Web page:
FW: Bloody Crusaders Call the Shots in Iraq/09-03-96

rakesh bhandari djones at uclink.berkeley.edu
Sun Sep 15 14:39:28 MDT 1996


This is the post which has prompted my replies. Steve Crowder forwarded an
editorial from Living Marxism (excerpted below).  By the way, I hope that
the debate between the RCP and the SWP really takes off.

I disagree with the answer that LM gave to a very specific question (I most
certainly don't think the LM is reactionary, quite the opposite actually).
LM maintains Americans have tended to support the bombings on the grounds
that the US represents a higher moral authority.

I was suggesting that most Americans are not concerned with the morality of
US action or the human rights crusade led by liberals and backed by US
military might.

 Most Americans simply cynically accept the US war and occupation as
necessary to protect  access to "our" cheap oil and  most Americans do not
care what effect all this has on the lives of Arab people.  Even if
Americans were to claim to the pollsters or in polite company that they
support the war in order to punish 'immoral' barbaric dictators, bring
freedom and democracy to the Gulf through the beneficient presence of the
US and protect 'human rights' of minorities, I am arguing that they really
tolerate the US occupation of Iraq because they believe all the hype but
because they think this will prevent Saddam from taking control of the
Gulf, raising oil prices and setting back the US economy.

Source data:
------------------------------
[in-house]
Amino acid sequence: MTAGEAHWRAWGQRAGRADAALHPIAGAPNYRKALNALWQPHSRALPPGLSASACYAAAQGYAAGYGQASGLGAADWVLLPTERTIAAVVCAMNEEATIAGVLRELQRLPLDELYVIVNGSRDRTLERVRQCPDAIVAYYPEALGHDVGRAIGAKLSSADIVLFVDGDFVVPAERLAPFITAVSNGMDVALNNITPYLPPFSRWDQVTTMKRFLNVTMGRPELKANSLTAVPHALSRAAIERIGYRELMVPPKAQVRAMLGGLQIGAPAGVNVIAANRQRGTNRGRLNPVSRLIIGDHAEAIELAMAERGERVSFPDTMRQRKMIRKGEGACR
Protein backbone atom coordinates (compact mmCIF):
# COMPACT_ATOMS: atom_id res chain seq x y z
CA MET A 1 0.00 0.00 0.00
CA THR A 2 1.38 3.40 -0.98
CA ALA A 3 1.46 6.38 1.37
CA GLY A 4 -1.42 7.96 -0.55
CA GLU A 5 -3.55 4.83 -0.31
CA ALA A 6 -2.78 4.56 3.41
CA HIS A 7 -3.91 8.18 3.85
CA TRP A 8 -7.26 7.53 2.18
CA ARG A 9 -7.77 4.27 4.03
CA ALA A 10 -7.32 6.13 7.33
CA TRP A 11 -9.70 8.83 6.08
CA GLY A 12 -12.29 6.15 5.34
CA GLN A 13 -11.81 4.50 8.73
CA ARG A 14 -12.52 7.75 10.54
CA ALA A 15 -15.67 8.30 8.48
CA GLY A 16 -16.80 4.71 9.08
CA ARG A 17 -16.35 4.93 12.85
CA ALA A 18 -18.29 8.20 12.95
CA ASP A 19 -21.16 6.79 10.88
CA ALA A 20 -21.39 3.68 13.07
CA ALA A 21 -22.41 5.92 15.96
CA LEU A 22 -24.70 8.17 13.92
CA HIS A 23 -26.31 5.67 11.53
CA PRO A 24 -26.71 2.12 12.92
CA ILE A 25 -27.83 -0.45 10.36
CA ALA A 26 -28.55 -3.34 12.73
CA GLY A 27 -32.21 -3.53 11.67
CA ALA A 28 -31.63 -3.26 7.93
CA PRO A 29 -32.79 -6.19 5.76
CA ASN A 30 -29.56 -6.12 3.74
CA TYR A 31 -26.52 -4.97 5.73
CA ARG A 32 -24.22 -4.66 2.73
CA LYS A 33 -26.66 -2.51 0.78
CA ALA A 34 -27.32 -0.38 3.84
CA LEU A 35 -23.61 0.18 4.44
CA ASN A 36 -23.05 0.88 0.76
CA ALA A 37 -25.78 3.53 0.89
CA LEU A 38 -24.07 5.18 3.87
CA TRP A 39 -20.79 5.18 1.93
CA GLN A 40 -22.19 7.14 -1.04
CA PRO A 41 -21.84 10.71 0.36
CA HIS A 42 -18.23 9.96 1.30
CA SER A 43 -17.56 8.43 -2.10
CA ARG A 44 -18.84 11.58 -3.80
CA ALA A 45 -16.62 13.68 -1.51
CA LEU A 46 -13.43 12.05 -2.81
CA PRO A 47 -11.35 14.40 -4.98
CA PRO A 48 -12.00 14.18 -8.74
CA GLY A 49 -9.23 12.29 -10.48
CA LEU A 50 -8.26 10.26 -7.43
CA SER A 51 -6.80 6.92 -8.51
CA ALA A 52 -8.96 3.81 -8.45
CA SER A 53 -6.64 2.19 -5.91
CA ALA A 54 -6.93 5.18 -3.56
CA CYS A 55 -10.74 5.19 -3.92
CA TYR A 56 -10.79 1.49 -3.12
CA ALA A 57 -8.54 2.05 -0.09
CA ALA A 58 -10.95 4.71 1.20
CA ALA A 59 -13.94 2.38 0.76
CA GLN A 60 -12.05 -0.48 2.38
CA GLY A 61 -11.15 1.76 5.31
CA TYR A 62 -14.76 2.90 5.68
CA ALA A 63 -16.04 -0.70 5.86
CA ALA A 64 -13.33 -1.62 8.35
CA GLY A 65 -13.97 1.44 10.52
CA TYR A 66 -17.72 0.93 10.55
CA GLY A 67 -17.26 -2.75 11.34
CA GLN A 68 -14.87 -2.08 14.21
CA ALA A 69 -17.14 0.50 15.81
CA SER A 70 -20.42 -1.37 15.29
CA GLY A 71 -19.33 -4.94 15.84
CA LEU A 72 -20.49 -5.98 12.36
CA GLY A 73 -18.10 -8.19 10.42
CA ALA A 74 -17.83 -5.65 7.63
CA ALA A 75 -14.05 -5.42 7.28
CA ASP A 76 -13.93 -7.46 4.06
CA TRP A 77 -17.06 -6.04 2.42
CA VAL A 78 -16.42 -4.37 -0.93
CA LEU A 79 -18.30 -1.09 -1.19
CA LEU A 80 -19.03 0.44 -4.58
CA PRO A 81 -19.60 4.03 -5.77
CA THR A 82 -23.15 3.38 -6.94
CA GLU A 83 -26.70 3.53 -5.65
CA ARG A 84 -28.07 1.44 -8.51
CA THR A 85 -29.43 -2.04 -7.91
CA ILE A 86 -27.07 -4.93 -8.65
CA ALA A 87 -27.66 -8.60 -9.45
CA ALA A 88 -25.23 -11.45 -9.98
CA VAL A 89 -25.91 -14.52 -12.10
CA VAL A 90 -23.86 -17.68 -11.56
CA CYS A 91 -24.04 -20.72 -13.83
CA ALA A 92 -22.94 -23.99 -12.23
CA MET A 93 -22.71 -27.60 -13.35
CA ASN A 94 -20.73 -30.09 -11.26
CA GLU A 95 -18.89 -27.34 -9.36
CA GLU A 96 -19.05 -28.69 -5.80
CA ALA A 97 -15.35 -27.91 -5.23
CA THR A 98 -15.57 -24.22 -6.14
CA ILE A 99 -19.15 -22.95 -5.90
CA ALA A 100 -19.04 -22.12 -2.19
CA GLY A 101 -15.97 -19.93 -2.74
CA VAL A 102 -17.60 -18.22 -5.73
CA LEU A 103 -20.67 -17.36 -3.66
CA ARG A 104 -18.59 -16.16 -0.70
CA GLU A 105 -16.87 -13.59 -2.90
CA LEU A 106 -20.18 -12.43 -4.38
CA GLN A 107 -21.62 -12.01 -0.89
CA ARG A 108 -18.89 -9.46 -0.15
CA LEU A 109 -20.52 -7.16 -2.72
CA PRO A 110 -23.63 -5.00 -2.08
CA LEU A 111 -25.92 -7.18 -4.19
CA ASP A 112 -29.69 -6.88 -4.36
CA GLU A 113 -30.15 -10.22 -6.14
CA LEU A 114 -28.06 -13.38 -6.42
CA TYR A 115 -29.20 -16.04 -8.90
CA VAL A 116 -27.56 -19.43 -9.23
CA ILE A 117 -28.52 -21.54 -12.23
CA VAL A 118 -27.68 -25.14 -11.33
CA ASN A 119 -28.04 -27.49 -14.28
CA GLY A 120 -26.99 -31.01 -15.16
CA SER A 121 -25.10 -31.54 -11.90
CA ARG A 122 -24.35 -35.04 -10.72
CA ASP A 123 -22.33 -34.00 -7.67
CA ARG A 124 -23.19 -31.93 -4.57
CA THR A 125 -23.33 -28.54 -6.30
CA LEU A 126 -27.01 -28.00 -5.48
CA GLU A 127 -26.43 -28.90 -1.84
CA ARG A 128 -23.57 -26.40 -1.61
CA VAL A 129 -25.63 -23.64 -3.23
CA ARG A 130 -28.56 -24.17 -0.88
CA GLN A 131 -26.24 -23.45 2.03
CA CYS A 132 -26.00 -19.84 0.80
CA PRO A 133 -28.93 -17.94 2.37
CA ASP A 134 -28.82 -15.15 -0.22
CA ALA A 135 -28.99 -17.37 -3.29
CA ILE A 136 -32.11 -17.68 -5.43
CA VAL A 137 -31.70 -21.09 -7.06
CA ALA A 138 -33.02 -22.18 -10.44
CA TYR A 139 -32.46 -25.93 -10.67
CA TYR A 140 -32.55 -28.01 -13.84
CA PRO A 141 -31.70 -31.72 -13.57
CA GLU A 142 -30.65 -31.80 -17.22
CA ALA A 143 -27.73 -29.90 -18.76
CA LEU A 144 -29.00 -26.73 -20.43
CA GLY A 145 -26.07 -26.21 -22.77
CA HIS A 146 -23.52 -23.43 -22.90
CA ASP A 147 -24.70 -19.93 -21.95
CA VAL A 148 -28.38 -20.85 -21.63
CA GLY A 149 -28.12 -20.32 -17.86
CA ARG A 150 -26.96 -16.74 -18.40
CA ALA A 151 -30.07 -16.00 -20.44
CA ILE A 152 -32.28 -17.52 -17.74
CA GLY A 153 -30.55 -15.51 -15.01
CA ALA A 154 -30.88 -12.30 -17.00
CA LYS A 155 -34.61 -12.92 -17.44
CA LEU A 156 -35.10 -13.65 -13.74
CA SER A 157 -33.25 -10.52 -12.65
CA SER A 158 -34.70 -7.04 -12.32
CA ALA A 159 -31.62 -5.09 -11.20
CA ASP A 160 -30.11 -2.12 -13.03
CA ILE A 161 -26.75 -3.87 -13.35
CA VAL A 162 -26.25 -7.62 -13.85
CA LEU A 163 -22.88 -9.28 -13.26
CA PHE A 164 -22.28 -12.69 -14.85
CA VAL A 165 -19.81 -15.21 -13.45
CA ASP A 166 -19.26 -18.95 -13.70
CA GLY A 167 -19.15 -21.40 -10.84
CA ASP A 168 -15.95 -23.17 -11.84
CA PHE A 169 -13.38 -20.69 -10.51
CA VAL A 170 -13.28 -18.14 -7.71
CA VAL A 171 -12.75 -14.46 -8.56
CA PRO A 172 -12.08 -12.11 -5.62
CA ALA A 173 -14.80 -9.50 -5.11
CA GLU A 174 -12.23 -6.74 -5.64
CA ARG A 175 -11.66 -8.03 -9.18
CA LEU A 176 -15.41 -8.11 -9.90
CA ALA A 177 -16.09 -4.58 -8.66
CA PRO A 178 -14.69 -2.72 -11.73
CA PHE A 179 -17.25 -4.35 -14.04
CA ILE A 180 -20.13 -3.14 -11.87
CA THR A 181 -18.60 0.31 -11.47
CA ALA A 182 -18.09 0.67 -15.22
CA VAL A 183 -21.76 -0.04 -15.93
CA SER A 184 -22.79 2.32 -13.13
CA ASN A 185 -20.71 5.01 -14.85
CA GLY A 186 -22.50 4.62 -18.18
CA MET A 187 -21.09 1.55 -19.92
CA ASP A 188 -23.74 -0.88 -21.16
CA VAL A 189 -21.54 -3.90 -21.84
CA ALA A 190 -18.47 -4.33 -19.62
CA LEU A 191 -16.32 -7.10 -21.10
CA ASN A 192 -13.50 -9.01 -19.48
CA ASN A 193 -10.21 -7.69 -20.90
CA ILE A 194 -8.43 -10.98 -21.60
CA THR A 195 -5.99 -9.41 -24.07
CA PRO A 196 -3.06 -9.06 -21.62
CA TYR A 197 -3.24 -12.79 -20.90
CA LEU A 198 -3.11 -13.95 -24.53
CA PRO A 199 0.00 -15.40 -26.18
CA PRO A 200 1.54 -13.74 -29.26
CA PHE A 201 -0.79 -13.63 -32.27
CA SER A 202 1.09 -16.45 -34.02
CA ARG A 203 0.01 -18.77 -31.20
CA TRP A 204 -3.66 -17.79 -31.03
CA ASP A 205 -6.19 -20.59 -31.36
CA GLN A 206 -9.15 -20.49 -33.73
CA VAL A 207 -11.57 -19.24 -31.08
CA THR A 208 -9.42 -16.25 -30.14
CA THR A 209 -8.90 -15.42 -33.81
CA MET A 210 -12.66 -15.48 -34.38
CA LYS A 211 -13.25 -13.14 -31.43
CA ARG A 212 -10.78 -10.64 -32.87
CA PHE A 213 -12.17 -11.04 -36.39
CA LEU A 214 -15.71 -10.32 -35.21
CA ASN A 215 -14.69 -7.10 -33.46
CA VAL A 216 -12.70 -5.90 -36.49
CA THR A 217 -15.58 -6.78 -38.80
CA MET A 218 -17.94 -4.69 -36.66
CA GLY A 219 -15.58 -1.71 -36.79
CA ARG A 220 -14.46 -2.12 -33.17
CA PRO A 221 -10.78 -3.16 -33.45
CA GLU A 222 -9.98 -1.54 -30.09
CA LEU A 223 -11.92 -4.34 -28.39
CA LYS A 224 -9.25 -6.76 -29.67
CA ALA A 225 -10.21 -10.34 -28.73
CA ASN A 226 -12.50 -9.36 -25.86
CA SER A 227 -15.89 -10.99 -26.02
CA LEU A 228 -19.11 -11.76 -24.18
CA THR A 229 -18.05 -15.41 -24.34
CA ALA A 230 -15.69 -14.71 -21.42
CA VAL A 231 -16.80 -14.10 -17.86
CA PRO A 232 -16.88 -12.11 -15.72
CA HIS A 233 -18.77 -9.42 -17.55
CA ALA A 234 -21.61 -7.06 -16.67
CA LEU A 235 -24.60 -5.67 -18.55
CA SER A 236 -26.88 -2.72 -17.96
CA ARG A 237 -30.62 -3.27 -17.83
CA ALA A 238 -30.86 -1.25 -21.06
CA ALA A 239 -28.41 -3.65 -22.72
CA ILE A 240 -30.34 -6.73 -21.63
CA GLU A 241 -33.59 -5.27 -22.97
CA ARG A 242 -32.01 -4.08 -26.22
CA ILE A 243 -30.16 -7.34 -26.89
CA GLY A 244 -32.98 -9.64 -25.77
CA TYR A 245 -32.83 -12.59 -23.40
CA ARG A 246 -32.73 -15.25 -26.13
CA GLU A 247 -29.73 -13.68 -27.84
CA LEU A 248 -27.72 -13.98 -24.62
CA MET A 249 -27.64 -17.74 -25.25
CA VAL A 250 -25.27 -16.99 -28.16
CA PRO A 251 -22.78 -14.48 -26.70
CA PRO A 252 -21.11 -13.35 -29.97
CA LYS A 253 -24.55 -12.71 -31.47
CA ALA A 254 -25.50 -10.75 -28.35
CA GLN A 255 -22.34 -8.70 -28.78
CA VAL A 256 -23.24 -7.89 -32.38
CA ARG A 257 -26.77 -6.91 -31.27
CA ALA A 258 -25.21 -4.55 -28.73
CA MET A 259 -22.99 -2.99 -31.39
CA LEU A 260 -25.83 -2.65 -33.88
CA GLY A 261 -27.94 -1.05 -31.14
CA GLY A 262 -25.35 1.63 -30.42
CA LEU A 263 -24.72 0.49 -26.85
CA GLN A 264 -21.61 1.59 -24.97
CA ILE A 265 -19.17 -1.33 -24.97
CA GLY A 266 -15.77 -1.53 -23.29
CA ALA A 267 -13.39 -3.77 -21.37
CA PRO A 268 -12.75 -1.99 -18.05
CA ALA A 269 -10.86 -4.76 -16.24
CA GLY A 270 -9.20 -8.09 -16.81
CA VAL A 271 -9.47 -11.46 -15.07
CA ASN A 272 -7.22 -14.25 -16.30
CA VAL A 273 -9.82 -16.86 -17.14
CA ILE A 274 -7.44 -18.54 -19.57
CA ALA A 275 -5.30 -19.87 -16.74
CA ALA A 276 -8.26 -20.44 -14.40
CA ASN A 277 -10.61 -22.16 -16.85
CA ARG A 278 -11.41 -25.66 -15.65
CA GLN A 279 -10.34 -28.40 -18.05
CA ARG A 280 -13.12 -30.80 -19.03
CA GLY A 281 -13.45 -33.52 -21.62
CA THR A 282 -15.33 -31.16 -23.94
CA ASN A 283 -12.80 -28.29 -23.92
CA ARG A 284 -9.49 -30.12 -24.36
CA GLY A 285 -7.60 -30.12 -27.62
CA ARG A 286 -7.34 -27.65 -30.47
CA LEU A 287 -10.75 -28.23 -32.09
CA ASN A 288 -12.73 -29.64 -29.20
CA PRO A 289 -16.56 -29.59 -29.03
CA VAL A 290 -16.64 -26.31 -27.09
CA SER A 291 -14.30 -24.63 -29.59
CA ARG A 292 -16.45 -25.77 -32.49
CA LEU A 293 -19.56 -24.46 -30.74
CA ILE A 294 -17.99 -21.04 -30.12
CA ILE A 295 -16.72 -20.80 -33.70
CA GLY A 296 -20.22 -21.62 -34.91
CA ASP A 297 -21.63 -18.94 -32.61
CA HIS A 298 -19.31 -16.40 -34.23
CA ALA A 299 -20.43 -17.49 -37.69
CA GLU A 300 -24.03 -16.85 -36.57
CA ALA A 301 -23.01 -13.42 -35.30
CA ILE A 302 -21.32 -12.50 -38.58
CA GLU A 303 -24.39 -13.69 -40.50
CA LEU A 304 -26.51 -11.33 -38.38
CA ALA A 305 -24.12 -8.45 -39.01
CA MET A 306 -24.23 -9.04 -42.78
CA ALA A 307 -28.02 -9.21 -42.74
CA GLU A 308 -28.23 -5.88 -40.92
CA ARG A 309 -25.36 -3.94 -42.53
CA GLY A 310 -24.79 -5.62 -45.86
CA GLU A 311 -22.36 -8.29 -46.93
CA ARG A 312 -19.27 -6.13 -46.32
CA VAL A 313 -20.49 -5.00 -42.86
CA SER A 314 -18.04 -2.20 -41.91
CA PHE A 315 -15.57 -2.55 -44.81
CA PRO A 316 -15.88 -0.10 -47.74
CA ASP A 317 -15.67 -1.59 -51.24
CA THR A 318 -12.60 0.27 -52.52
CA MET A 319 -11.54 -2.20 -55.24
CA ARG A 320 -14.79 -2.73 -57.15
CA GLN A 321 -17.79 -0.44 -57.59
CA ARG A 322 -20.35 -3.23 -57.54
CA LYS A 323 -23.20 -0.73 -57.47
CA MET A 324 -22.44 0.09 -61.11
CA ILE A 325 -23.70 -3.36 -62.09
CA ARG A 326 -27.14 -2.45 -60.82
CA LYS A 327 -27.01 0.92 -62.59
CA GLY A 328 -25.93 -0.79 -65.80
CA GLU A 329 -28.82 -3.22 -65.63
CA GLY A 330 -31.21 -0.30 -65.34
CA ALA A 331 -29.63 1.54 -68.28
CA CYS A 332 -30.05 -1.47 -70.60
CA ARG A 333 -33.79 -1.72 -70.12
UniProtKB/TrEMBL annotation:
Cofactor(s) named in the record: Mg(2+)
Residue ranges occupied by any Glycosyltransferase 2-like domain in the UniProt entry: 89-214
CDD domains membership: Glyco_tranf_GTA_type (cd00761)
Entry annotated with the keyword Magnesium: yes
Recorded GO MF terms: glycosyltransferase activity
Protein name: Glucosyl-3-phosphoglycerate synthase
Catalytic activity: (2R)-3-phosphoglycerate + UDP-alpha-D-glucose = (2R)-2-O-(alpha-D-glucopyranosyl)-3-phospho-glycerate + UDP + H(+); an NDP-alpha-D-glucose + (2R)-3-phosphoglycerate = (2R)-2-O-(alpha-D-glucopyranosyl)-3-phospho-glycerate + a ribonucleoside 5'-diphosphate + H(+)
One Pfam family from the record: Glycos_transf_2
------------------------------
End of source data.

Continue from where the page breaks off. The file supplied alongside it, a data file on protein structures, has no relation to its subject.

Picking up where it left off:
Most Americans could care less about democracy and freedom in the Arab world.

While there may be a popular belief in the higher moral authority of the US
to determine the geopolitical situation in the Gulf (though it is hard to
believe that most people have found  the US attempt to protect sheikhs and
emirs moral, or guided by high ideals or even notion of Western *moral*
superiority), there is a crasser and, I believe, more fundamental
imperialist belief that the US may as well use its military might and
intervene abroad in order to maintain a situation favorable to its own
economy. In short, LM is underestimating the moral cyncism which has
enabled US bombings; LM seems to think most people worry whether their
government has the moral authority to establish an imperialist presence in
the third world.

 And since there is a racist disregard for the Arab and in particular Iraqi
people, it is so much easier to maintain this imperialist belief.

In short, this perverse idea that the US has any right to intervene in the
geopolitics of any region to improve its own economy should be faced head
on and opposed on both moral and material grounds; after all, such
intervention does not keep the price of oil down and jump start the US
economy. It drains the US economy further through military spending and
destroys American culture in the process.  While keeping the Iraqi people
in a situation of economic and military terrorism.

On all this--and much else--I agree with LM.

Rakesh


>The question is, how could the US authorities get away with such an obvious
>cheap tactic without attracting any serious criticism in the West? Why does
>nobody bat an eyelid anymore when Clinton bombs Iraqis for the crime of
>'invading' part of their own country? The answer is that this is the
>pay-off of the human rights crusade which liberal journalists, aid
>organisations and radical charities have been running over the past five
>years.
>
>As the September issue of Living Marxism explains, the campaign to
>highlight human rights abuses in Third World societies such as Iraq, and to
>demand that the West takes action against them, has succeeded only in
>demonising the Third World as immoral and depicting the West as a higher
>authority. The consequence of that consensus is that Clinton, Major and
>other 'civilised' Western leaders have a free hand to teach the
>'barbarians' a lesson with Cruise missiles and other moral instruments.




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